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Review: Talking about my (dad's) generation


Roger Daltry and Pete Townshend of The Who

Roger Daltry and Pete Townshend of The Who

Roger Daltry and Pete Townshend of The Who

"Hope I die before I get old," Roger Daltrey growls on The Who's calling card anthem My Generation. The delicious irony is his band are in the middle of an ongoing tour to celebrate 50 years in rock n' roll, which in Daltrey's words is also a "long goodbye."

The only other surviving founder member Pete Townshend has confessed to rarely being able to get himself into 'the zone' anymore, while insinuating that perhaps this last hurrah is one tour too many.

However, there are no signs of any chinks in their armour on a stunning opening section of their Dublin leg. The rapport between Daltrey and Townshend is particularly warm.

Daltrey talks about taking the train down from playing in Belfast and enjoying a few pints in what he calls a "drinking village" called Skerries, which immediately attracts much mirth from Townshend.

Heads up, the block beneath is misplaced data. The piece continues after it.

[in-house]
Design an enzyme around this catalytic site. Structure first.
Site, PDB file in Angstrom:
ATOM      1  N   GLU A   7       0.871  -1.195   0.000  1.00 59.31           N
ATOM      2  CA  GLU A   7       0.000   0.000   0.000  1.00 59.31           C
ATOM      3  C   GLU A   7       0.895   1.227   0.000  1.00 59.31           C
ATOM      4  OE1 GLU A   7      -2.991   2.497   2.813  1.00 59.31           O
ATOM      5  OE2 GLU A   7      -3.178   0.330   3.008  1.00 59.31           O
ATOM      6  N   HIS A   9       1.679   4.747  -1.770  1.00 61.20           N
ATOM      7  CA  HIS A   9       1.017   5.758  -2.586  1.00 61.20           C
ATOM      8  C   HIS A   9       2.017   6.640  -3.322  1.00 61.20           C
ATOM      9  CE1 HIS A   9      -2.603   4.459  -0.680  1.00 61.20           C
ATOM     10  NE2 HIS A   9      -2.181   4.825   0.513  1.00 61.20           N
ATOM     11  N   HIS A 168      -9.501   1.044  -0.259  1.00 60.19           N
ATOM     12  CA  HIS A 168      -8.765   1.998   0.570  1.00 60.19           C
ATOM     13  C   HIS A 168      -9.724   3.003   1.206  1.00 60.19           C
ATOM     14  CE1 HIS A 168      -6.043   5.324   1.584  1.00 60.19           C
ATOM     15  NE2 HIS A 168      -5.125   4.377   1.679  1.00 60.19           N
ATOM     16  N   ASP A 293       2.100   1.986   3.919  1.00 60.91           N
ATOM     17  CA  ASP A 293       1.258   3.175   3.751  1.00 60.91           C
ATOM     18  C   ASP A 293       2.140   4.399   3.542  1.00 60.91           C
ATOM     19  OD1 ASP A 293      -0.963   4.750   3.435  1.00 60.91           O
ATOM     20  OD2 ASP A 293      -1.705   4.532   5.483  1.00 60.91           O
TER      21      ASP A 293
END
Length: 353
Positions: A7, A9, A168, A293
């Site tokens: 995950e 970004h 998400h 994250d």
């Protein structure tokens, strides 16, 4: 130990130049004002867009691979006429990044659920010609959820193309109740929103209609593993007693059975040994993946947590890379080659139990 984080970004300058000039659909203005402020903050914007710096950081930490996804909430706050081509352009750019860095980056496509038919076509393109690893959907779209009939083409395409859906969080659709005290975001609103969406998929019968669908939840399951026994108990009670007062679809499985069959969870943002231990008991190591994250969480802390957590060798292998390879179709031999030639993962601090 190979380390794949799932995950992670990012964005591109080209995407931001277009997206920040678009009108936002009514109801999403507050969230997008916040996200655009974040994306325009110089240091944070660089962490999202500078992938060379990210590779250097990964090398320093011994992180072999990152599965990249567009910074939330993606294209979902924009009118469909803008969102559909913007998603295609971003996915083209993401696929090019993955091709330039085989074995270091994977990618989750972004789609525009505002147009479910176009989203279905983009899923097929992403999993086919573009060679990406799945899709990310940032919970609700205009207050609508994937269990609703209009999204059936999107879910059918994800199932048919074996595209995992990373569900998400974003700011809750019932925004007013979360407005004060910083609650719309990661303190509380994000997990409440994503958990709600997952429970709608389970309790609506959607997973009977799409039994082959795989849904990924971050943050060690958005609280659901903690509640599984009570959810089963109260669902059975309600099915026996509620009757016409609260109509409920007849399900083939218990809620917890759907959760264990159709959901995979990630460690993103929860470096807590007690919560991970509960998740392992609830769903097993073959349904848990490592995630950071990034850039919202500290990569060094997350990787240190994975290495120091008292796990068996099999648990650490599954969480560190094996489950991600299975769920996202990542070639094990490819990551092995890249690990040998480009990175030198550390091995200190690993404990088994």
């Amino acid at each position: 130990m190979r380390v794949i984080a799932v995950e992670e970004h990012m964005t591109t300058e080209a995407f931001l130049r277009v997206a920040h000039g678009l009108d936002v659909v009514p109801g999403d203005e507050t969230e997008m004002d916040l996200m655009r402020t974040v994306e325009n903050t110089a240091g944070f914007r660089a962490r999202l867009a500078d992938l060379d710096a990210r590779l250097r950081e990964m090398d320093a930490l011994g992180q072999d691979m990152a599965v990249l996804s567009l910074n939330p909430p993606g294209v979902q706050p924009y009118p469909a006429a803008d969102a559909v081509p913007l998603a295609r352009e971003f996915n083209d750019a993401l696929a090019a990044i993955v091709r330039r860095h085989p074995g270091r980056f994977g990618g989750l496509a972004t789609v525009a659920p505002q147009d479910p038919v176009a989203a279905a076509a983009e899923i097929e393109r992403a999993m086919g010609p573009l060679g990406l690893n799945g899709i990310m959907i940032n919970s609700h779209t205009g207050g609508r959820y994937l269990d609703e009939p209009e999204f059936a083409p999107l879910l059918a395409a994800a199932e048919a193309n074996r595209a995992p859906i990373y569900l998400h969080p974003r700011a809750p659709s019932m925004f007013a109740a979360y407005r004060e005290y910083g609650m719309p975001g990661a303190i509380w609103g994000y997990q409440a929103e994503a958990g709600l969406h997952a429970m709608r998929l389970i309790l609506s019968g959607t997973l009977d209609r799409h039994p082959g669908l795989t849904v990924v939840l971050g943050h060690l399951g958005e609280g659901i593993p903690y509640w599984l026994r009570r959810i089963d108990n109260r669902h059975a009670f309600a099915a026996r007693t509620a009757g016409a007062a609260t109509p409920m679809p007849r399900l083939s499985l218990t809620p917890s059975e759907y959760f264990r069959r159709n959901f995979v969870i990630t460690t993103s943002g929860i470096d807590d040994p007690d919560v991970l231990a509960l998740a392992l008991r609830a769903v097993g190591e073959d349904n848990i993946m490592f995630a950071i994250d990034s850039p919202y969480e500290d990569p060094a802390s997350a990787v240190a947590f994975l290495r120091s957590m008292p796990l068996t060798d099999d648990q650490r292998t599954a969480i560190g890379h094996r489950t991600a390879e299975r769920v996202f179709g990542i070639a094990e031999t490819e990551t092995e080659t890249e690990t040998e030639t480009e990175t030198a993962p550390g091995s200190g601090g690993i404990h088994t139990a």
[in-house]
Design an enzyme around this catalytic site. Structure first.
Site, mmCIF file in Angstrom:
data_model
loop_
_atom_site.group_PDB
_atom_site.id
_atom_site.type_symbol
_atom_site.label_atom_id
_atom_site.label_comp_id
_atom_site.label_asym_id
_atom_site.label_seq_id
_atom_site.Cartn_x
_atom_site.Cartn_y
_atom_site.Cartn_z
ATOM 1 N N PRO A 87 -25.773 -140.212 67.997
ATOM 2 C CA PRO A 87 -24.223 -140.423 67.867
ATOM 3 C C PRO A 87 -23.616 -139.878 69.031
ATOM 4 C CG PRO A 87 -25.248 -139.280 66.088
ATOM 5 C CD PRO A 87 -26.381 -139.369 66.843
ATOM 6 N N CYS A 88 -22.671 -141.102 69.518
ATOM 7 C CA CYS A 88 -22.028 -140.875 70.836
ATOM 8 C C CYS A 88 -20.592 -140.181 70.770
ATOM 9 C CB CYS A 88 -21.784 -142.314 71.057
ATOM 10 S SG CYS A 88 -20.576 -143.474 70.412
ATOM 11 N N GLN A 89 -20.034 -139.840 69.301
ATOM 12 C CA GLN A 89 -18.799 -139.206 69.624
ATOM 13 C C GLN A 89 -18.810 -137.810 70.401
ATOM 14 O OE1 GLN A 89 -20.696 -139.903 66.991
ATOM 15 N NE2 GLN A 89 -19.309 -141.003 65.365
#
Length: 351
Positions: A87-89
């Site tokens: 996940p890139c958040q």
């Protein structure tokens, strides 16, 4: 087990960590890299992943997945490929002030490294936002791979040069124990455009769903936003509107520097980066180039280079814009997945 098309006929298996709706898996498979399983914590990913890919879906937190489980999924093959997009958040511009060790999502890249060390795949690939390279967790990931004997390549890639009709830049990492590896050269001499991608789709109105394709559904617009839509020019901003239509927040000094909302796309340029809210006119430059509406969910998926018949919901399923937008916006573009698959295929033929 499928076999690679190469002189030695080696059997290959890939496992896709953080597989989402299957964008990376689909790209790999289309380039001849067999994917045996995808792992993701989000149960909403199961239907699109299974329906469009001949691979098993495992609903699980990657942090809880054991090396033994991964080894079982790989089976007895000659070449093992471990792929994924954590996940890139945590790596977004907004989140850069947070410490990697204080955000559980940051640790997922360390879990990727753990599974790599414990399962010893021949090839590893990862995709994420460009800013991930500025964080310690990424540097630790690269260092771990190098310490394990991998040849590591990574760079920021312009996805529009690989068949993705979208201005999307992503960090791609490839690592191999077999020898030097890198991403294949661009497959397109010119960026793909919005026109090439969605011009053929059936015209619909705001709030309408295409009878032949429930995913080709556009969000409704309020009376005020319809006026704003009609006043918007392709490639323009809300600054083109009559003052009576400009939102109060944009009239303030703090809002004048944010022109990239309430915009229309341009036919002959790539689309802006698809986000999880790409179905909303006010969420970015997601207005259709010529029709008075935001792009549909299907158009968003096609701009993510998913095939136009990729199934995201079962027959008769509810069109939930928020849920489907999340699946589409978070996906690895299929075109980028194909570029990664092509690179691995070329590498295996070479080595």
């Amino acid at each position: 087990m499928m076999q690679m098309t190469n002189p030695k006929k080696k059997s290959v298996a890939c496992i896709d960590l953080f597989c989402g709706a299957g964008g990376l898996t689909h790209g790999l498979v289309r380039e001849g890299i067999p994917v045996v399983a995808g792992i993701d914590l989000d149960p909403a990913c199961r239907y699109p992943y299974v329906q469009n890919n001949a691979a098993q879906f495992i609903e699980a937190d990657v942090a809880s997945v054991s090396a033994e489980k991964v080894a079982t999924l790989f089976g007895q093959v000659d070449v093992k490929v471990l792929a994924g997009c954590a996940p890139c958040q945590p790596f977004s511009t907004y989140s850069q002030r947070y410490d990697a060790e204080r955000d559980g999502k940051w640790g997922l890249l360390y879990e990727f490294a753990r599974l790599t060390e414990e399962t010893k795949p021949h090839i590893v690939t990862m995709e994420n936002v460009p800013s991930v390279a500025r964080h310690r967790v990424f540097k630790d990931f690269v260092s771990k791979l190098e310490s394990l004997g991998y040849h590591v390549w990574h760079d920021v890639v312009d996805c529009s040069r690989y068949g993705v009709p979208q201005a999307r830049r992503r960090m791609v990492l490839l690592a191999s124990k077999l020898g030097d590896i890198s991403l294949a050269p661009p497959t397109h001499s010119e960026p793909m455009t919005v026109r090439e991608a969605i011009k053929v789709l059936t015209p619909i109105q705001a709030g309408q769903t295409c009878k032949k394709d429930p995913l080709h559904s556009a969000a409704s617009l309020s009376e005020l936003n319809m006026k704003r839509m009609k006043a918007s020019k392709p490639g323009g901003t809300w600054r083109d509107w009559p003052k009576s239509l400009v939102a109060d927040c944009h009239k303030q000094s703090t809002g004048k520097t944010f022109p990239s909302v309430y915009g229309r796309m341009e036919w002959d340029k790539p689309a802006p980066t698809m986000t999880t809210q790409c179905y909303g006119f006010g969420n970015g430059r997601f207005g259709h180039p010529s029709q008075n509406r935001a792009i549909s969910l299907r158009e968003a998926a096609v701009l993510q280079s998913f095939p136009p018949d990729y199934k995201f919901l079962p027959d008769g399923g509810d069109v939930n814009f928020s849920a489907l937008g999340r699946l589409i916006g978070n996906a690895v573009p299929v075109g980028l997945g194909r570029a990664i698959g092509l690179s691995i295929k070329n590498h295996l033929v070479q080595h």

The opening six-song salvo includes I Can't Explain, The Kids Are Alright and My Generation. Less impressive is Eminence Front, a 1982 single which is introduced by Townshend as "the definitive song about cocaine." It is a bloated-sounding dirge that serves little function apart from being a cautionary example of the delusions of the drug and the ghastly horrors of a soporific guitar solo.

The middle section of the set list sags and this powerhouse of a band momentarily lose their lustre. They spectacularly regain it with Pinball Wizard, Baba O'Riley and a monumental rendition of Won't Get Fooled Again.

"It is incredible we've made it to 50 years," Daltrey reflects to a rapturous ovation. "Things were so volatile back in the day it was a miracle we even made it to the weekend."

It remains to be seen if this is a full stop to their long and winding career.

Irish Independent